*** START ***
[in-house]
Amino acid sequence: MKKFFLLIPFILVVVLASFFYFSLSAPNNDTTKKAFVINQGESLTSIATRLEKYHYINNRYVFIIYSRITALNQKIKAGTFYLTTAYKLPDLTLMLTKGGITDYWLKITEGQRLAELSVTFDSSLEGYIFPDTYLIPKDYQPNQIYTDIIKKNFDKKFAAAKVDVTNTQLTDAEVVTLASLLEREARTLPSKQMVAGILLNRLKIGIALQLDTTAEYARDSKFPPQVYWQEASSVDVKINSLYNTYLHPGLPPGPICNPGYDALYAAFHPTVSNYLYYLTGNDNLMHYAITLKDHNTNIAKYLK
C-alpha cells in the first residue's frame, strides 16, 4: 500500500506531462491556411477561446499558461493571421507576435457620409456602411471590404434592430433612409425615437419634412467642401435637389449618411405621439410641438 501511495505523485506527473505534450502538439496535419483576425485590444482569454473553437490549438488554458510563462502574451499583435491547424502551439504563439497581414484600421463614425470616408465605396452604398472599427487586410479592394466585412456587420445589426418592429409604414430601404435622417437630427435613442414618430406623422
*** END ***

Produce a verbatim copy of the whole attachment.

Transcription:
[in-house]
Amino acid sequence: MKKFFLLIPFILVVVLASFFYFSLSAPNNDTTKKAFVINQGESLTSIATRLEKYHYINNRYVFIIYSRITALNQKIKAGTFYLTTAYKLPDLTLMLTKGGITDYWLKITEGQRLAELSVTFDSSLEGYIFPDTYLIPKDYQPNQIYTDIIKKNFDKKFAAAKVDVTNTQLTDAEVVTLASLLEREARTLPSKQMVAGILLNRLKIGIALQLDTTAEYARDSKFPPQVYWQEASSVDVKINSLYNTYLHPGLPPGPICNPGYDALYAAFHPTVSNYLYYLTGNDNLMHYAITLKDHNTNIAKYLK
C-alpha cells in the first residue's frame, strides 16, 4: 500500500506531462491556411477561446499558461493571421507576435457620409456602411471590404434592430433612409425615437419634412467642401435637389449618411405621439410641438 501511495505523485506527473505534450502538439496535419483576425485590444482569454473553437490549438488554458510563462502574451499583435491547424502551439504563439497581414484600421463614425470616408465605396452604398472599427487586410479592394466585412456587420445589426418592429409604414430601404435622417437630427435613442414618430406623422